As a major heat wave blazes much of the central United States through the Labor Day weekend, rounds of storms will rim the heat from the Great Lakes to the Northeast and neighboring Canada.
While most of the storms will not be severe with sporadic rainfall and a mere breeze, a small number of storms can be nasty with damaging wind gusts, hail, frequent lightning strikes and torrential rainfall.
As a result, a few communities can be hit hard by the storms with power outages and flash and urban flooding on more than one occasion. The showers and storms may not be limited to the afternoon and evening hours.
People should be prepared for sporadic travel delays at the airports and on the highways.
Cities that can experience storms on more than one occasion this week include: Green Bay, Wis.; Detroit; London and Toronto, Ont.; Buffalo and Albany, N.Y.; Burlington, Vt.; Portland, Maine; Hartford, Conn.; Pittsburgh, Scranton and Harrisburg, Pa.; and Baltimore, Md.
The heat wave will continue most days over the northern and central Plains to the Ohio Valley with daytime highs well into the 90s. A few spots will even hit 100 degrees.
Over portions of the northern Plains to the Upper Midwest, the intense heat will add to the strength of the storms.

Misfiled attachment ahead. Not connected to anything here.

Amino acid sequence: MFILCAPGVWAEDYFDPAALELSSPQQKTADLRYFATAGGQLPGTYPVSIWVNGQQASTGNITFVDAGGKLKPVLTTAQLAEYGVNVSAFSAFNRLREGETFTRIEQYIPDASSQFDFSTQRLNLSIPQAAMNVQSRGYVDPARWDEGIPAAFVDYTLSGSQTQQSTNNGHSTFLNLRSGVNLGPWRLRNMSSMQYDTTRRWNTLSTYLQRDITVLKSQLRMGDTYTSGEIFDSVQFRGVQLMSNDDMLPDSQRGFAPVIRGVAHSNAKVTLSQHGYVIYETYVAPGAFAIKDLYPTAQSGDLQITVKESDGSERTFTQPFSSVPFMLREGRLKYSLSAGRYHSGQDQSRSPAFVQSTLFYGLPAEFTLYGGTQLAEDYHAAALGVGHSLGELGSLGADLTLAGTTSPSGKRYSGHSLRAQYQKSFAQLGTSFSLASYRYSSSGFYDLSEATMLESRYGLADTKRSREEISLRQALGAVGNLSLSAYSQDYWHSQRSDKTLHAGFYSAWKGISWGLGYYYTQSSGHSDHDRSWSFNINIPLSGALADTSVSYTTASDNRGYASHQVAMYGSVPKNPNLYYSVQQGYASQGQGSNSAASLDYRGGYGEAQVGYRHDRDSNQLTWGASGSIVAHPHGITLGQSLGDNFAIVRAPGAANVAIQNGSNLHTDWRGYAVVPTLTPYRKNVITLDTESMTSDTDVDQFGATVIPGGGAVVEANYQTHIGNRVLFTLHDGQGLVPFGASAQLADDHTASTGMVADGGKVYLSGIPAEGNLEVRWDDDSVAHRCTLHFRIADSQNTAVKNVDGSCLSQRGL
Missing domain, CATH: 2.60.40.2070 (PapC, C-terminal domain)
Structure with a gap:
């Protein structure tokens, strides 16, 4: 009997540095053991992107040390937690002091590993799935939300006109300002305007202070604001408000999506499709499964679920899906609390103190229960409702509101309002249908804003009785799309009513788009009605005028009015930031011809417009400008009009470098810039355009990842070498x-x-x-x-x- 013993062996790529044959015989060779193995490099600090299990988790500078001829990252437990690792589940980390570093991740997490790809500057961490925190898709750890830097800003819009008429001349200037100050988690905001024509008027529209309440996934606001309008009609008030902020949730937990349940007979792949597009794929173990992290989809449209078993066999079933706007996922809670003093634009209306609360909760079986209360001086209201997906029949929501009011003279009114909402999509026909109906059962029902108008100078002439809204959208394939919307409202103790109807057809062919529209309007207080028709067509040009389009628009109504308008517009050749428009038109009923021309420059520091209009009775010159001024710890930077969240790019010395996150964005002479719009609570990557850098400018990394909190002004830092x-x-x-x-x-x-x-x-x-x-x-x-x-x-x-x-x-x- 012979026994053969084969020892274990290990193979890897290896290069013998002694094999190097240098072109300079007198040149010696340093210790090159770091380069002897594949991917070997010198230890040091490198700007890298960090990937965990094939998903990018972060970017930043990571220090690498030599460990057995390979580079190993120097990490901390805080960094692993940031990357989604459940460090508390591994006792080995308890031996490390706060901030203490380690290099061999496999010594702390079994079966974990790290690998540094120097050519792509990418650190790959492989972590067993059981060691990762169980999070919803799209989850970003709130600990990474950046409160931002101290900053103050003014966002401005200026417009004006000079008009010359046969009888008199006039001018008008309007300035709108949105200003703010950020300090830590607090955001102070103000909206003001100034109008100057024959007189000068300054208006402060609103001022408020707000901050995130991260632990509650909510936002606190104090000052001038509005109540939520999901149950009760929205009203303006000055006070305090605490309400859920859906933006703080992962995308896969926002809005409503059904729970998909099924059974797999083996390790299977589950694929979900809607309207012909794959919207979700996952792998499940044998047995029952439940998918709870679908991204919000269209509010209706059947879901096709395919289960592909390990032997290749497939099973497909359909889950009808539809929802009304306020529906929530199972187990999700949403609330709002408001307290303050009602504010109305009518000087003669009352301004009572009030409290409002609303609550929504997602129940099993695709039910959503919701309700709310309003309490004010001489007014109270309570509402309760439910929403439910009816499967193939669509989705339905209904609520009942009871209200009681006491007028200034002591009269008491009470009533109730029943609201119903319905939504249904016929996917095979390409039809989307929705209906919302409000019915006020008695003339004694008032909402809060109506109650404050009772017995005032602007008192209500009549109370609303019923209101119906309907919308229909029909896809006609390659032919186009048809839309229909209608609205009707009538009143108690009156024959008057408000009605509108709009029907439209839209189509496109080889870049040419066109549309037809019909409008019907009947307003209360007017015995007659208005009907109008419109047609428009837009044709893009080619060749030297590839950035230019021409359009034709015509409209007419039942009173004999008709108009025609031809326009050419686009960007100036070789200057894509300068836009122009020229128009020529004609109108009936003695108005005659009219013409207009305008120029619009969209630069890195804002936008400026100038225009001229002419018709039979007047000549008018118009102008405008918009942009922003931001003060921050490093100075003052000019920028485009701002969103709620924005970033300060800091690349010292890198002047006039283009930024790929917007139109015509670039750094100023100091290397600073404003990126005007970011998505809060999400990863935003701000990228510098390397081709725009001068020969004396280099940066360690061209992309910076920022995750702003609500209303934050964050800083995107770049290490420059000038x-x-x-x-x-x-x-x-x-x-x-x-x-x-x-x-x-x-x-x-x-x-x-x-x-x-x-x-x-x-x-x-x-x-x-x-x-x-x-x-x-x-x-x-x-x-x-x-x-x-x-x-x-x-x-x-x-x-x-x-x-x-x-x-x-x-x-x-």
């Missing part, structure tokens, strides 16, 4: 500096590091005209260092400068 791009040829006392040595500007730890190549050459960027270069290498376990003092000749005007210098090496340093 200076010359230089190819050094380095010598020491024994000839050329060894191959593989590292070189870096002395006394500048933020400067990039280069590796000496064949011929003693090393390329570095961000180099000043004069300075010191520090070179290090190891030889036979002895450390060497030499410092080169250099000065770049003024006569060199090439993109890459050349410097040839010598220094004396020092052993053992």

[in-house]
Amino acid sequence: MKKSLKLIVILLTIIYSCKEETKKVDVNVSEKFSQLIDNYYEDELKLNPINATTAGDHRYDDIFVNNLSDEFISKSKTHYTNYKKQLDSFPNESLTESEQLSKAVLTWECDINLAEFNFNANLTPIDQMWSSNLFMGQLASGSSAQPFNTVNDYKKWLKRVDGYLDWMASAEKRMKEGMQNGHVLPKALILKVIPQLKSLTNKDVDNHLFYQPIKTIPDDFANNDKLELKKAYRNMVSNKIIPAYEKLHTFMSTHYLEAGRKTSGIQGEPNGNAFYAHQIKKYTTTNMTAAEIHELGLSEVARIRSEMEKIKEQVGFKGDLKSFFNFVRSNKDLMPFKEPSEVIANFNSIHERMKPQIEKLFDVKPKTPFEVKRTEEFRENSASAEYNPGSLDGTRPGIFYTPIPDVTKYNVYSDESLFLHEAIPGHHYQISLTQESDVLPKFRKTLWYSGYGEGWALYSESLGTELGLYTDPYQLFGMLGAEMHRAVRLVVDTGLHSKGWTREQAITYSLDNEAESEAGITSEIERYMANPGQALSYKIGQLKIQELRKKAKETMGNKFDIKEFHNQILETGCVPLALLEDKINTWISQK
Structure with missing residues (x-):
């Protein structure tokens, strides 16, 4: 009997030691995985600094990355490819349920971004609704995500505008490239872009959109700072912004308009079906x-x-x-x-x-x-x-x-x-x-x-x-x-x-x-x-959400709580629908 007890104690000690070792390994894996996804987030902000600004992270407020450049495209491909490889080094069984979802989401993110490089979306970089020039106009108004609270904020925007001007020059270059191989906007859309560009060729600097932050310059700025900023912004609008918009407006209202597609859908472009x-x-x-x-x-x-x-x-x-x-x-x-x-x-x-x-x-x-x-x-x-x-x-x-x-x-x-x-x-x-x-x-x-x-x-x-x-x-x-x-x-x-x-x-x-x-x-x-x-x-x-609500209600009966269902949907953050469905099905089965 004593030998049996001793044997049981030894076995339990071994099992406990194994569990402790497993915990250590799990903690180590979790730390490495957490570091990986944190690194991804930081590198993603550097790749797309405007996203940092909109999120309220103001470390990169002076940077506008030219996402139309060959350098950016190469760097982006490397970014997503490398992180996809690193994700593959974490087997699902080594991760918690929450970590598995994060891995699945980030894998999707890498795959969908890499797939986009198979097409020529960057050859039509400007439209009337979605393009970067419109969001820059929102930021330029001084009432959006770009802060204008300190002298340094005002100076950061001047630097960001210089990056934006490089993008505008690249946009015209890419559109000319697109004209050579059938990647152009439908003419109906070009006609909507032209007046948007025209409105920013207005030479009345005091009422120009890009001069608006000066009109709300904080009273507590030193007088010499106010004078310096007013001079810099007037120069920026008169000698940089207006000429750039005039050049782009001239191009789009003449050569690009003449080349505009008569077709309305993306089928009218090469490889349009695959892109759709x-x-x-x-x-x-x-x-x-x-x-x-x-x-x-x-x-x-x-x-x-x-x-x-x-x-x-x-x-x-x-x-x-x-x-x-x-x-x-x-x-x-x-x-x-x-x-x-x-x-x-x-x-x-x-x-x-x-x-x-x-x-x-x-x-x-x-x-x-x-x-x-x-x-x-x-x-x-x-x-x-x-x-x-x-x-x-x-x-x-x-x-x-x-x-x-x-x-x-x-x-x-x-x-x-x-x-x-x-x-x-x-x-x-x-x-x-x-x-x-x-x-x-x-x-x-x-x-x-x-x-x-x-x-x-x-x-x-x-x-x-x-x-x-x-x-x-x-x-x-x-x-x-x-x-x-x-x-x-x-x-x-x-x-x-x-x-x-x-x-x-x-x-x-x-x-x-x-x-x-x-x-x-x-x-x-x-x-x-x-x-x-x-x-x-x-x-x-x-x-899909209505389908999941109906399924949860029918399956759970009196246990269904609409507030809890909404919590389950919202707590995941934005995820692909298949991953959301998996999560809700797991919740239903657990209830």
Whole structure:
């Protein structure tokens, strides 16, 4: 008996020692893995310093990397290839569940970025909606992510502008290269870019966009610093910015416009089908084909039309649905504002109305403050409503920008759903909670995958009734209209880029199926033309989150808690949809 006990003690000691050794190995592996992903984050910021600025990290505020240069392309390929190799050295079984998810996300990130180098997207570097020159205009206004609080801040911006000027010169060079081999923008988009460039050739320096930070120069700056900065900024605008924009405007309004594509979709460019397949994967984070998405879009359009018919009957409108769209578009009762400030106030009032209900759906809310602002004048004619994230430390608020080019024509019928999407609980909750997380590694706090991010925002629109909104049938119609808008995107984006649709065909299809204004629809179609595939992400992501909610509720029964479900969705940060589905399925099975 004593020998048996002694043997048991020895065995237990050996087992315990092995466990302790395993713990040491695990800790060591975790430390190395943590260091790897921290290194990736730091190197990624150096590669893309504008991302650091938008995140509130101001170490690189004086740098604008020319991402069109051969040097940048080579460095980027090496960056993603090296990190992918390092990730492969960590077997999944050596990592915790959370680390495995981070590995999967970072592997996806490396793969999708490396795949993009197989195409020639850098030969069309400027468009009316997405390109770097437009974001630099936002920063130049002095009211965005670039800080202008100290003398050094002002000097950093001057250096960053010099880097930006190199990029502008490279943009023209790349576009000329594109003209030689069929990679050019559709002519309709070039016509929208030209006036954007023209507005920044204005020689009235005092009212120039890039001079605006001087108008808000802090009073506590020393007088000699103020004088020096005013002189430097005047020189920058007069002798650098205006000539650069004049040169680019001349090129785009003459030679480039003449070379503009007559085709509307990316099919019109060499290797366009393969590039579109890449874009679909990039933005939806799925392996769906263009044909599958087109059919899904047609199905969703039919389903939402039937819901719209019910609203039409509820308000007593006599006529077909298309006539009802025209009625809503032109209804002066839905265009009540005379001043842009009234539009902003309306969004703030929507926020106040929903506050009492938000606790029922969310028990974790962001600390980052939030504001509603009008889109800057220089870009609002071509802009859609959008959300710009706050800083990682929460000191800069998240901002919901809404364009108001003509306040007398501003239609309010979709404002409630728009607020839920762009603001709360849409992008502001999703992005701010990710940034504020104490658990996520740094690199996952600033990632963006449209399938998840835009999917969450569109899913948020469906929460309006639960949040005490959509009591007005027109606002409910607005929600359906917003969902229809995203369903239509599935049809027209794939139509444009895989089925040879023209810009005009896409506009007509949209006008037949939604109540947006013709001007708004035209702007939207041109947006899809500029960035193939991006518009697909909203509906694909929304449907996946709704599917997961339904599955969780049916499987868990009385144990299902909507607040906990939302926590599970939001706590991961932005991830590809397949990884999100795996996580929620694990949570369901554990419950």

The rounds of storms and a northwesterly flow aloft will keep the heat at bay from the upper and eastern Great Lakes to New England and much of the mid-Atlantic. As a result, persistent hot weather is not likely north and east of the Virginias through this week.
Highs most days from the Upper Peninsula of Michigan to much of New York state, New England, Pennsylvania, Maryland, New Jersey and Delaware are likely to average in the 80s most days. A few locations farther north will peak in the 70s and some locations over Virginia and West Virginia will have some highs near 90.
There is a chance of some of the very hot air riding northeastward next week, but only as long as a current dip in steering-level winds lifts northward. At this time, there are equal chances that cooler air will sag southward next week.
As a result, temperature forecasts for the first full week of September are likely to change.